Thanks to a new chip, the Galaxy Note 3’s huge screen won’t kill its battery

Source: Shutterstock / koya979

The charge on the Galaxy Note 3 is going to last a lot longer than you think – and not just because of the slightly larger battery Samsung is shipping with the handset. Buried within the radio guts of the phone is a tiny chip called an envelope tracker, and it will reduce the power necessary to keep the Note connected to the network by as much as 30 percent.

The envelope tracker in the Note was developed by Qualcomm, and it’s the first commercial implementation of the technology that I know of. What it does is essentially match the power pushed through the phone’s signal amplifier to the actual power needed to transmit a signal. That might sound obvious, but in practice it’s a very difficult thing to accomplish.

A mobile signal is a waveform riddled with peaks and valleys, so a typical phone amp maintains a uniform “envelope” of power that can capture its highest amplitudes. The problem is particularly pronounced with LTE, which suffers from what’s known as a high peak-to-average ratio.

Nujira envelope tracking

The best explanation was given to me last year by Jeremy Hendy, VP of sales and marketing at envelope tracking pioneer Nujira: LTE is classical music. 3G is heavy metal. Classical music has long quiet interludes punctuated with wild crescendos, while heavy metal is pretty uniform in loudness. Heavy metal is going to sound just as good (or bad) on any amp, but classical music requires much higher power to capture its nuance.

“You need a high-powered amp for LTE otherwise the signal is distorted,” Hendy said. “That’s why the power on an LTE [handset] is so bad. For every 4 watts you put in you only get 1 watt out.”

Galaxy Note3 FlipCover_004_Open Pen_Wild OrangeSo if you’re wondering why your new LTE phone has such crappy battery life (or comes with an enormous lithium-ion caboose) compared to your old 3G model, you have your answer. What does envelope tracking do about it? It basically wraps the power envelope around the waveform tighter than a latex bondage suit, resulting in relatively little power loss.

What does that mean for a device like the Note? Well, the biggest power suck from a smartphone is always going to be a backlit display, and with the Note’s plus-sized screen that’s a significant drain. But unlike the screen, the phone’s LTE or 3G radio is always on and always communicating with the network.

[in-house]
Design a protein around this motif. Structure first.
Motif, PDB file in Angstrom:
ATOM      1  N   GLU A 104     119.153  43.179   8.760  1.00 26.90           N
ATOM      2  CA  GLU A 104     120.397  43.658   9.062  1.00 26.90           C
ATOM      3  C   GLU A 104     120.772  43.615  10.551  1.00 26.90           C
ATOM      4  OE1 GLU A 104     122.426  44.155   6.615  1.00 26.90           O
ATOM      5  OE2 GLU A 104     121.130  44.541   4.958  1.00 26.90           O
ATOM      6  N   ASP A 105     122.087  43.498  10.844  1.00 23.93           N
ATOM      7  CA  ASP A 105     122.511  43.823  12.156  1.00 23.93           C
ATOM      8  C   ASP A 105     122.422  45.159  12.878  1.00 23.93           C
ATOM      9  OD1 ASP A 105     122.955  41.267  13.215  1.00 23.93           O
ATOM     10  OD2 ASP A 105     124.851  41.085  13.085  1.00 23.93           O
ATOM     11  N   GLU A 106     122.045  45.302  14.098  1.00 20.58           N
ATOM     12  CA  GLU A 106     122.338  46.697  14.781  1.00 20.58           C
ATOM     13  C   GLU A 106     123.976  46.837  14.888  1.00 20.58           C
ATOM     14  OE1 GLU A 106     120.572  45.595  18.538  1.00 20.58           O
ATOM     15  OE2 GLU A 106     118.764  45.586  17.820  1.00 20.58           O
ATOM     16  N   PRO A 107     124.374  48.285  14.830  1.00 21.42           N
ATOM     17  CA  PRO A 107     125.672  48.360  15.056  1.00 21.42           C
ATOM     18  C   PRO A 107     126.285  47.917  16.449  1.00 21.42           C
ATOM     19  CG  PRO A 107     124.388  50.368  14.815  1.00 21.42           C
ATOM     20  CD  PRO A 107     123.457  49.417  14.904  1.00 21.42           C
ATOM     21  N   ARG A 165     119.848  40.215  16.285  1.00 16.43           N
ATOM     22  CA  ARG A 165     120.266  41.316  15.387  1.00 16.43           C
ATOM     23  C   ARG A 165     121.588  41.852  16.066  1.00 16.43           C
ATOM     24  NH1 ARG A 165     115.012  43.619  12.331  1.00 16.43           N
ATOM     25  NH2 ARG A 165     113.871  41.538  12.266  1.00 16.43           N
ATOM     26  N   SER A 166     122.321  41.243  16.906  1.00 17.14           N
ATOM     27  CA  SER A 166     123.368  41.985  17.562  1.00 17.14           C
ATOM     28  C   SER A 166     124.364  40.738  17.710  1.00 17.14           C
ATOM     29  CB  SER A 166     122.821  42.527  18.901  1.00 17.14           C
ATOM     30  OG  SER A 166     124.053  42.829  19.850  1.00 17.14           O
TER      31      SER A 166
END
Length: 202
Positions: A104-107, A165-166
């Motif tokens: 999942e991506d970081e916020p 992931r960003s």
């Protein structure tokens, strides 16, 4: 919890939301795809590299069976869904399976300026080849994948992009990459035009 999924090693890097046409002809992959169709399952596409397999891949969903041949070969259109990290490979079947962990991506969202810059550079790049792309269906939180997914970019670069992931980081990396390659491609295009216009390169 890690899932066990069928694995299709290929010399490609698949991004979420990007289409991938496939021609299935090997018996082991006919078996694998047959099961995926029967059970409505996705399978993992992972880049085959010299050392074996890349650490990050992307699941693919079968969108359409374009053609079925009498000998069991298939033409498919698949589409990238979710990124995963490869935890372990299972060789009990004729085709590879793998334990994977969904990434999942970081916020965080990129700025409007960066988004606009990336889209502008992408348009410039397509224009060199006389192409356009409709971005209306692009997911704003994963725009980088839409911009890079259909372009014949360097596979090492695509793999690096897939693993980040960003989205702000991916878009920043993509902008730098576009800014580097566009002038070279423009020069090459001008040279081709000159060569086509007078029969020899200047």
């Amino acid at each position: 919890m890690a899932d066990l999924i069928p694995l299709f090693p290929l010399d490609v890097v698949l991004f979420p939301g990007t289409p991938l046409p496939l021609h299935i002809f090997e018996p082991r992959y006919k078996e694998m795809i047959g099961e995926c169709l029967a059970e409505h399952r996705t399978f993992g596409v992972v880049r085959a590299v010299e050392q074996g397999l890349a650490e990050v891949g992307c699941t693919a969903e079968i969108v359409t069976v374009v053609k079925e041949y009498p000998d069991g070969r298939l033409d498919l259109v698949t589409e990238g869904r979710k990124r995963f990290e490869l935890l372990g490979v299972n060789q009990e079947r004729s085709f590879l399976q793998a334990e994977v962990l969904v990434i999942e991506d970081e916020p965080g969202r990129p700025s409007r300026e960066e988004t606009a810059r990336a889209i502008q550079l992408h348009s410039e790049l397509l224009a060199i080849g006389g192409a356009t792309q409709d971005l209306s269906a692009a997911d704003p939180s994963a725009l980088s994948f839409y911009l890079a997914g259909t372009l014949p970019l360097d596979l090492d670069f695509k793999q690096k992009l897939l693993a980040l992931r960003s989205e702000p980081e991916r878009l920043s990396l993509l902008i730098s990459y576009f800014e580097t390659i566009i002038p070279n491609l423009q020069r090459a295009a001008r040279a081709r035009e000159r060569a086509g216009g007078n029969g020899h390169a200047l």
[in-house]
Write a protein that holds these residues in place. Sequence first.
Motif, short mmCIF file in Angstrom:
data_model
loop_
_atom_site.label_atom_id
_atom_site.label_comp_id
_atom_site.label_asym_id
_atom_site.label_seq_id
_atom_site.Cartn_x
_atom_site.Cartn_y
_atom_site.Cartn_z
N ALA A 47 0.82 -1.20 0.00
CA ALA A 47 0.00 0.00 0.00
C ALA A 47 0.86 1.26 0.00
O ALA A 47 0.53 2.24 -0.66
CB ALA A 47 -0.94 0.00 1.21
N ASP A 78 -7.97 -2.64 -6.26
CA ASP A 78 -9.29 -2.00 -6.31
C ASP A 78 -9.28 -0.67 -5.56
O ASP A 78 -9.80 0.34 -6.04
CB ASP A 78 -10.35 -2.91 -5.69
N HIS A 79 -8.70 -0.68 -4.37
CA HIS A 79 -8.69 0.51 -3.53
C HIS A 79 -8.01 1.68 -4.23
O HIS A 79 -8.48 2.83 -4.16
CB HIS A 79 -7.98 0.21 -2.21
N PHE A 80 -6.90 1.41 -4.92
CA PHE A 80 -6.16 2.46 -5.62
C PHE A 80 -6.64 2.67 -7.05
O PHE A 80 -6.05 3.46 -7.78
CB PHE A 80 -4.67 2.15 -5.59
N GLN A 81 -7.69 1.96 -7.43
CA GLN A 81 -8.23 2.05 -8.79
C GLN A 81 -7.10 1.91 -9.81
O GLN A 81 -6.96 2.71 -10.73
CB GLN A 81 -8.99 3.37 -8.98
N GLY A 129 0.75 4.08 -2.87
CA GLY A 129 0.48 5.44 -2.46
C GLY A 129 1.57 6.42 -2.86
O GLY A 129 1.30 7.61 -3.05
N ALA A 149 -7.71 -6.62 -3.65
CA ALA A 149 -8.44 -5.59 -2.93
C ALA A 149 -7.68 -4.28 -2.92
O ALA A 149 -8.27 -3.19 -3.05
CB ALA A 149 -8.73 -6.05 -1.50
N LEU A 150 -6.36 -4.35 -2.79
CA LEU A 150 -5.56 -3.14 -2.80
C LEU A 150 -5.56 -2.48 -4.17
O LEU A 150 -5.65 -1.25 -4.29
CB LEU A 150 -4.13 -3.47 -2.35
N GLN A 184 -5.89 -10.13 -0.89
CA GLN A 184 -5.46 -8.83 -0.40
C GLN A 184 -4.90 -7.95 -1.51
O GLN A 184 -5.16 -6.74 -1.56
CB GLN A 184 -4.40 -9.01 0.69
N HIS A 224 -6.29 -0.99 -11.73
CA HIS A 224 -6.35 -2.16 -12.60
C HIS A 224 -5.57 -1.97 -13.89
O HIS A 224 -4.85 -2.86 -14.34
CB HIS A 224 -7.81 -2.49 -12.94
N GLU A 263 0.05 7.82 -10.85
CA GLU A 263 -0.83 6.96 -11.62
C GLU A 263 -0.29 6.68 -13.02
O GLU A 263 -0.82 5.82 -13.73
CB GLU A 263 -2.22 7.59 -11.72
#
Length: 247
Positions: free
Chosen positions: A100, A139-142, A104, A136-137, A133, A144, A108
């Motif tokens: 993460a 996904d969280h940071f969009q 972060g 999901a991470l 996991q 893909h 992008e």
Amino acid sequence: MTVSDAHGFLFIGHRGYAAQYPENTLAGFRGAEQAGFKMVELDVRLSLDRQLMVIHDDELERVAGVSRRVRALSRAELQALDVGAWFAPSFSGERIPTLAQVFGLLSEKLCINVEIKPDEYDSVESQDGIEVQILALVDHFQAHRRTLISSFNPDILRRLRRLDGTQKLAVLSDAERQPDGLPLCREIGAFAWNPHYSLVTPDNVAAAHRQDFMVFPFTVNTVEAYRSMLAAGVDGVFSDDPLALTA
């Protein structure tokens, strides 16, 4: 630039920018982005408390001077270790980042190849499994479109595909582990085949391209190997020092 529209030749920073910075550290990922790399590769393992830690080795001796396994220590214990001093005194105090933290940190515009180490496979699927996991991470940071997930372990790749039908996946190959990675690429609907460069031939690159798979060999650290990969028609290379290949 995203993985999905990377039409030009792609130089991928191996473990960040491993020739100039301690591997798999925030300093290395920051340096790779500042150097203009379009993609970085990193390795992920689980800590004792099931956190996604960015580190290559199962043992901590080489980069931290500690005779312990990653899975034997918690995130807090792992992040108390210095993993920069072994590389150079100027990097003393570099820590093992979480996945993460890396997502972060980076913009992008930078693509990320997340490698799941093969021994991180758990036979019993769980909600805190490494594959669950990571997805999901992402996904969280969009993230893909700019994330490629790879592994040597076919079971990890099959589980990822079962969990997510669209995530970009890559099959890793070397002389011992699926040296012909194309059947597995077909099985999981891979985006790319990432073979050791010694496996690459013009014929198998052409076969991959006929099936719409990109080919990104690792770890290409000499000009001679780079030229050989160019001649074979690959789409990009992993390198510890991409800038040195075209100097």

If you’re the type of user that has a lot of apps running the background, then the power savings will be significant. The Note will also run a lot cooler since it won’t be expending all of that extra energy. While streaming video is going to tax your phone’s processor and display, at least you won’t have the additional power drain of a hyperactive LTE radio.

The Quantance ET chip

The Quantance ET chip

Nujira believes that as envelope tracking technologies improve they could reduce the power footprint of mobile devices as much as 25 percent – that’s a 25 percent improvement in overall device battery life, not just from radio. That’s another quarter to half-day of battery life without charging, depending on the device.

We’re going to start seeing envelope trackers in a lot a more devices. Nujira and Quantance, another envelope tracking specialist, have started shipping their chips to device makers, and many other radio frequency module makers have developed their own products. Qualcomm may well have an edge over the competition, though, given its dominance in smartphone processors and LTE chips and its growing influence in the RF module space.

Feature image courtesy of Shutterstock user koya979

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